YOUR CHILD’S HEALTH,
THE GUT MICROBIOME –
Is there a link to your child’s recurring illness?
Above: Such a little cutie, I wonder who he belongs to?
PROBIOTICS have being touted as the next best thing to heal all gut issues..but is that enough?
I say NO!
The microbiome of the gut is the most important part of the human body system as the nutrients that are delivered from the SMALL INTESTINE are a source of fuel for the blood stream. Guess what the bloodstream feeds.. every single organ, tissue, hormone and neurotransmitters receptor and cells.
If your Microbiome is dysbiotic it stands to reason that there may be areas that support the health of the gut may also support the overall health of the child.
So it stands to reason that if your child’s health is poor and they have been given antibiotics, even once, in their lifetime (and don’t get me wrong, antibiotics do play a huge place in our prolonged health today) then chances are the gut microbiome ( the bugs and microscopic flora living in the small intestine) may be one option to consider in your child’s health and this may affect their behaviours, comprehension, nutrient absorption and immune health.
SIBO is a hidden and very under estimated infection of part of the SMALL INTESTINES and used to be called DYSBIOSIS.
Chances are if your child has been diagnosied with SIBO they may have ongoing recurrent illnesses and ongoing antibiotic prescriptions until the gut is supported. Some studies have shown it takes years to retrain the flora in the gut to stay around. Probiotics require speciific and individualised prescription, not just a one size fits all as many blogs and health coaches tout.
This is why I want to take you on an online GUT GARDENING RETREAT.
I have created a webinar called “THE HEALTHY GUT DIET” to teach you about various areas of your gut health and I really, really would love you to join me to help spread the news!Watch the Webinar here!
I have added a professional article below that outlines research and studies into children hospitalized and the correlation of those with SIBO.
Yours in amazing health and light,
SIBO strongly linked to abdominal pain in children
Acknowledgement for article below: Peterson, M., AdvDipHSc(Nat) GradCertEvBdPrac- Bioceuticals Practitioner Only Nutraceuticals.
Abdominal pain is one of the most common diagnoses in hospitalised children and the leading symptom in child and adolescent GIT diseases. It is also a common symptom of SIBO. Therefore, researchers looked at the prevalence of childhood abdominal pain and correlating SIBO. They found a high occurrence of SIBO in these children. To test whether SIBO was the cause of childhood abdominal pain, researchers performed hydrogen breath tests (HBTs) on 100 children aged from four to 17 years old (mean age was around seven to14), over five years. Although this test has limitations, with the ‘gold standard’ still being microbial analysis of the small intestinal fluid, it is the least invasive, and a commonly used test in the paediatric population. The results showed positive HBT results in 63% of the children presenting with abdominal pain. When looking at those under 10 years old, 46% had a SIBO positive result, with a similar result of 54% in those over 10 years old. There was a higher prevalence of SIBO in girls over the age of 10; however, this was nonsignificant (p=0.07). Overall, there were no significant gender differences.1 All patients with a positive HBT were treated with the antibiotic rifaximin (Xifaxan). This antibiotic is a commonly used SIBO treatment due to its low absorption capacity and relatively few side effects compared to other antibiotics.1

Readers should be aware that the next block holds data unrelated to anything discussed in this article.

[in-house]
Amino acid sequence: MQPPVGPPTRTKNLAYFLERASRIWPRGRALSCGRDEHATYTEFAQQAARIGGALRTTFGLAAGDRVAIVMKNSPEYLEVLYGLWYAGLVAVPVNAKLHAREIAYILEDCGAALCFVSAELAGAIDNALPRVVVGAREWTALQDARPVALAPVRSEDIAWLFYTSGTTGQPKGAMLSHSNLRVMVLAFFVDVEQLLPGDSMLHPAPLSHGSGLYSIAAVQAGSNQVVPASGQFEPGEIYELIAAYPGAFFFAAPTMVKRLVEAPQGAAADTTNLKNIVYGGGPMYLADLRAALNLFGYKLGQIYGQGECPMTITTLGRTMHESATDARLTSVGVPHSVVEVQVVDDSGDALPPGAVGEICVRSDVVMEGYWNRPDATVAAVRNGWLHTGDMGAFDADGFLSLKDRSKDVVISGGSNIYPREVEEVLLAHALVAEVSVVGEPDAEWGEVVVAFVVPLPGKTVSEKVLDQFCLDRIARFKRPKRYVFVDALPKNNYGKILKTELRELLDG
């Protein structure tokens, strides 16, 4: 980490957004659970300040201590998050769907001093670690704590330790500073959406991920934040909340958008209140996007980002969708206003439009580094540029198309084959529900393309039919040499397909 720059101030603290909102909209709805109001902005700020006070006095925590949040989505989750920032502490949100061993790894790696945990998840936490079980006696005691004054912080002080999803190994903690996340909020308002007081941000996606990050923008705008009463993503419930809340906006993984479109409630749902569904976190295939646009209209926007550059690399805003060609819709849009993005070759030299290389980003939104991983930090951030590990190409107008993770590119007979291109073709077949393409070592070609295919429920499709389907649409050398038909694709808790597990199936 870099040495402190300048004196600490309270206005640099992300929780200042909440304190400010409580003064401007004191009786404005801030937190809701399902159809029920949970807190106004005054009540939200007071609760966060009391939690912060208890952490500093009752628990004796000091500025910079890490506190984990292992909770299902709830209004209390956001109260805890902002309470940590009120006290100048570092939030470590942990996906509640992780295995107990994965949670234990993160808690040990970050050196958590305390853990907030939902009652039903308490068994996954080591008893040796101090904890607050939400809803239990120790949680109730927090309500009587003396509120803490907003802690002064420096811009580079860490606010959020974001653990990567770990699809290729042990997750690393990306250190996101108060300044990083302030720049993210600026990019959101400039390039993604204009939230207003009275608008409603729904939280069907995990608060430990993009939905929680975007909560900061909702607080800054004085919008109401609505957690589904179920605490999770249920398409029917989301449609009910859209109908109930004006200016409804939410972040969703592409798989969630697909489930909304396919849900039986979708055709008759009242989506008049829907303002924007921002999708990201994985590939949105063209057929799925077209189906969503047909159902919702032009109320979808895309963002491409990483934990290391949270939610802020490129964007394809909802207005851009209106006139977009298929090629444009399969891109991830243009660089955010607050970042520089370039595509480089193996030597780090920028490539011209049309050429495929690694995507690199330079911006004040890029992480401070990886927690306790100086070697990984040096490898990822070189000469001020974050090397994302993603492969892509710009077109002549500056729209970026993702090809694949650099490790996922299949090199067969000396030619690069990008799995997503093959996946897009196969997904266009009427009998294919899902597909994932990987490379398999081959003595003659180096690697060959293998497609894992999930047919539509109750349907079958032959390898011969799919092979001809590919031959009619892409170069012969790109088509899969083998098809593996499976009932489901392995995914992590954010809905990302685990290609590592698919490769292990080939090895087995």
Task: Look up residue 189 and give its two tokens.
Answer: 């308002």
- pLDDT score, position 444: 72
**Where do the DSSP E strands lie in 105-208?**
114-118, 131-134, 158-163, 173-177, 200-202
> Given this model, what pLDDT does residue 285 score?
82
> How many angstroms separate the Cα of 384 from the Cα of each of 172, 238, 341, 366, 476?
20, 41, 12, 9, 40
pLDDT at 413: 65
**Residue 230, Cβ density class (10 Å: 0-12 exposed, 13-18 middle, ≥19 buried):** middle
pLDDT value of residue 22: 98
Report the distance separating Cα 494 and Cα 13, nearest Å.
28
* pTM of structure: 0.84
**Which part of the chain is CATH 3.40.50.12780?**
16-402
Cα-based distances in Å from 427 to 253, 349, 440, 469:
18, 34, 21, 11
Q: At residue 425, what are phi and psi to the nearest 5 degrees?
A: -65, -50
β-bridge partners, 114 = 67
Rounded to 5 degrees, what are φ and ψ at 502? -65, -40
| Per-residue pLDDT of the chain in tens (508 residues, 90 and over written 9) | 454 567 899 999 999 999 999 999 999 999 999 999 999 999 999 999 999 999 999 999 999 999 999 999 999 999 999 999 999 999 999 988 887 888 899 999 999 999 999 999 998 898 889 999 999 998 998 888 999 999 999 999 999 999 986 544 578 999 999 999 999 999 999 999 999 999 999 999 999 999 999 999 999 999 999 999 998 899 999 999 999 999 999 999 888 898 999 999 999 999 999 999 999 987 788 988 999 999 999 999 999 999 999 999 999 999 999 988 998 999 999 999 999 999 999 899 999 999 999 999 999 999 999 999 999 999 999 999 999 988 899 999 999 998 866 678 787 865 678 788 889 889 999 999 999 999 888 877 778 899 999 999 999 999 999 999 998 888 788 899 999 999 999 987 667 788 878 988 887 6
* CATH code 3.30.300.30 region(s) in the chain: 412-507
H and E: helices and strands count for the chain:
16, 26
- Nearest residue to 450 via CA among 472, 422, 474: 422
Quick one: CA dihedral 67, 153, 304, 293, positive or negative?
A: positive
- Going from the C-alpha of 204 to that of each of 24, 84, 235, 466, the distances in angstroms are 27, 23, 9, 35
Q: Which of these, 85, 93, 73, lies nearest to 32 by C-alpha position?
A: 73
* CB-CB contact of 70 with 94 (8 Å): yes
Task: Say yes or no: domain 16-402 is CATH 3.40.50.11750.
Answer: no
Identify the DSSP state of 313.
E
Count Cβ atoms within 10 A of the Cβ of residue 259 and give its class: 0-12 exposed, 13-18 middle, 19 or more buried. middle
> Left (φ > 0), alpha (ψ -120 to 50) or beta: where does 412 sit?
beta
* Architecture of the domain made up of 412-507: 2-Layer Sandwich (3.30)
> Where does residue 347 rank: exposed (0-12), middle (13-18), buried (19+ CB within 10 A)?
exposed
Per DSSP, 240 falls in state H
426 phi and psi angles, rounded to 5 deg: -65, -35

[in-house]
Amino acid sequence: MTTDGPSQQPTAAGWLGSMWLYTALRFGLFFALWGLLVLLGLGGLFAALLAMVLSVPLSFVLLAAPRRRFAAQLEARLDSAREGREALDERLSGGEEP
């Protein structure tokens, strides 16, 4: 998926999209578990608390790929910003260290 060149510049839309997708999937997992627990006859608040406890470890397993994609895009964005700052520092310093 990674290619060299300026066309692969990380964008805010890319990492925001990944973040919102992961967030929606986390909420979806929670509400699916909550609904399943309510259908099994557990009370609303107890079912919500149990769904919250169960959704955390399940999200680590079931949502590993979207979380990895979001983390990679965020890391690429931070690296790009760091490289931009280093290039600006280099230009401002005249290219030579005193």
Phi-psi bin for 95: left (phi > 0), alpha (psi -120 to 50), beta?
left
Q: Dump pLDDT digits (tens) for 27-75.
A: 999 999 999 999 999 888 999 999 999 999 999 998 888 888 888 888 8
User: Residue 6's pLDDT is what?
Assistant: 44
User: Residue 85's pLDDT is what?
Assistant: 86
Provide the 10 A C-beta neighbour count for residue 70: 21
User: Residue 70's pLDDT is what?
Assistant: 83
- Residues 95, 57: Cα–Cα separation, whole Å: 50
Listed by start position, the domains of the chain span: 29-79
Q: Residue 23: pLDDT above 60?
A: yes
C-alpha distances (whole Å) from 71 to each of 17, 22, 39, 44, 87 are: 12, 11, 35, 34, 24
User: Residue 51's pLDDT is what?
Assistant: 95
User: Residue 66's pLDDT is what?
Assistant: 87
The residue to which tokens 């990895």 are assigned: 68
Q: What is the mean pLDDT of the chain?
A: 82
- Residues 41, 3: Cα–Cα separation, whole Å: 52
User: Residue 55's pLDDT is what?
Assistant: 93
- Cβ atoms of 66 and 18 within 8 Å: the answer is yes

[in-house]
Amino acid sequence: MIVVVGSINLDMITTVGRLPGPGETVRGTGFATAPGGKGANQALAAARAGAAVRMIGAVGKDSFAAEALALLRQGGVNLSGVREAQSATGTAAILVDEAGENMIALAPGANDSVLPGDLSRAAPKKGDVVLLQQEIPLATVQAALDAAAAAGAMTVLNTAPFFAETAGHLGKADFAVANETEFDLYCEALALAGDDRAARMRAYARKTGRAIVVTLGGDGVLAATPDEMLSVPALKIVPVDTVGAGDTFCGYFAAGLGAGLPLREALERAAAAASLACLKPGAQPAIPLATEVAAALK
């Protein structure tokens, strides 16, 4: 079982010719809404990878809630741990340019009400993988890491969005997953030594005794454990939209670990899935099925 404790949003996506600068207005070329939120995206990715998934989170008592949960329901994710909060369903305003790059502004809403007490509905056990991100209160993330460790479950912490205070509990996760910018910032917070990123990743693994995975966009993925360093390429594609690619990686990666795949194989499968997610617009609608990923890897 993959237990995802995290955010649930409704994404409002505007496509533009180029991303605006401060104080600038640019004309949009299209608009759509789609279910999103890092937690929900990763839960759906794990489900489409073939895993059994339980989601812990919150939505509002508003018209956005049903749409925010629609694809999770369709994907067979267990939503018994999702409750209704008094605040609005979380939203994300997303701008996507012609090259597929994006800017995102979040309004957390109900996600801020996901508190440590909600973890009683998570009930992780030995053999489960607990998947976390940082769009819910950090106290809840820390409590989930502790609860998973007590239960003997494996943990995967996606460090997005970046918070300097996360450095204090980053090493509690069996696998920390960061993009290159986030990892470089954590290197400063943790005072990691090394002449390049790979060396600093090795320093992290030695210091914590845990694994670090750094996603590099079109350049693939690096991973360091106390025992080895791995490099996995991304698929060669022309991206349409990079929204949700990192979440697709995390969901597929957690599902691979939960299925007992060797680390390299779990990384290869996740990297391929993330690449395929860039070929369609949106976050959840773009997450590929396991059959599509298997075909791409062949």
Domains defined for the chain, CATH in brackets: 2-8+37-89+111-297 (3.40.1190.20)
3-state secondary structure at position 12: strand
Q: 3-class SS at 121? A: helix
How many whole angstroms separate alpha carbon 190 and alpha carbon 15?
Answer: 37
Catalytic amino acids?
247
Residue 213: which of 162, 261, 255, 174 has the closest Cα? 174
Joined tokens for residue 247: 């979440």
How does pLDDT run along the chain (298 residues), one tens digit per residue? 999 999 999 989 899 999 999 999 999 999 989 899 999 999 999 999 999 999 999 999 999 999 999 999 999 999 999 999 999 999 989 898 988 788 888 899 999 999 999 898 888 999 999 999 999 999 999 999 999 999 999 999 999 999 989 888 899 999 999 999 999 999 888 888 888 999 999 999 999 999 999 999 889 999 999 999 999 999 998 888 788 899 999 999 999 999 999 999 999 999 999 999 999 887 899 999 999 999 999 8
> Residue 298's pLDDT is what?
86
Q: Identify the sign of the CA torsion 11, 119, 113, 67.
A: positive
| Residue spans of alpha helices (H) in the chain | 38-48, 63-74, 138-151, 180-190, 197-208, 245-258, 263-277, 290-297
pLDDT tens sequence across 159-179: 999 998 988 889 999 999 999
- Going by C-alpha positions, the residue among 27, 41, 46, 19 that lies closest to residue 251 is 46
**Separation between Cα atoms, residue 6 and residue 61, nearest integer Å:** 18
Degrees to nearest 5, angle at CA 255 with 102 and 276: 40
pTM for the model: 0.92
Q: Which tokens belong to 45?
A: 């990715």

However, there are questions with its ability to maintain remission, as another study showed 44% of patients relapsed nine months after induction of remission with rifaximin.2 In this study 88% of those with a positive HBT achieved a normal HBT after antibiotic use.1 Childhood conditions can affect the normal homeostatic mechanisms restricting bacterial
In this study 88% of those with a positive HBT achieved a normal HBT after antibiotic use.1 Childhood conditions can affect the normal homeostatic mechanisms restricting bacterial
Childhood conditions can affect the normal homeostatic mechanisms restricting bacterial colonisation in the small intestine leading to SIBO, such as congenital or acquired anatomical abnormalities, diminished gastric acid secretion, congenital alteration of intestinal motility or other acquired chronic diseases. SIBO may even be an unrecognised cause of paediatric morbidity.3 This study demonstrates that SIBO is highly prevalent in childhood abdominal pain and should be considered as a cause that requires treatment. In a 2016 review, the authors noted that, “[o]wing to lack of established guidelines and few published interventional studies that assess the effectiveness of [SIBO] therapy, treatment of children with [SIBO] remains empiric and comprises antibiotic or probiotic therapy”.3
1. Siniewicz-Luzeńczyk K, Bik-Gawin A, Zeman K, et al. Small intestinal bacterial overgrowth syndrome in children. Prz Gastroenterol 2015;10(1):28-32. 2. Rezaie A, Pimentel M, Rao SS. How to test and treat small intestinal bacterial overgrowth: an evidence-based approach. Curr Gastroenterol Rep 2016;18(2):8. 3.
2. Rezaie A, Pimentel M, Rao SS. How to test and treat small intestinal bacterial overgrowth: an evidence-based approach. Curr Gastroenterol Rep 2016;18(2):8.
3. Sieczkowska A, Landowski P, Kaminska B, et al. Small bowel bacterial overgrowth in children. J Pediatr Gastroenterol Nutr 2016;62(2):196-207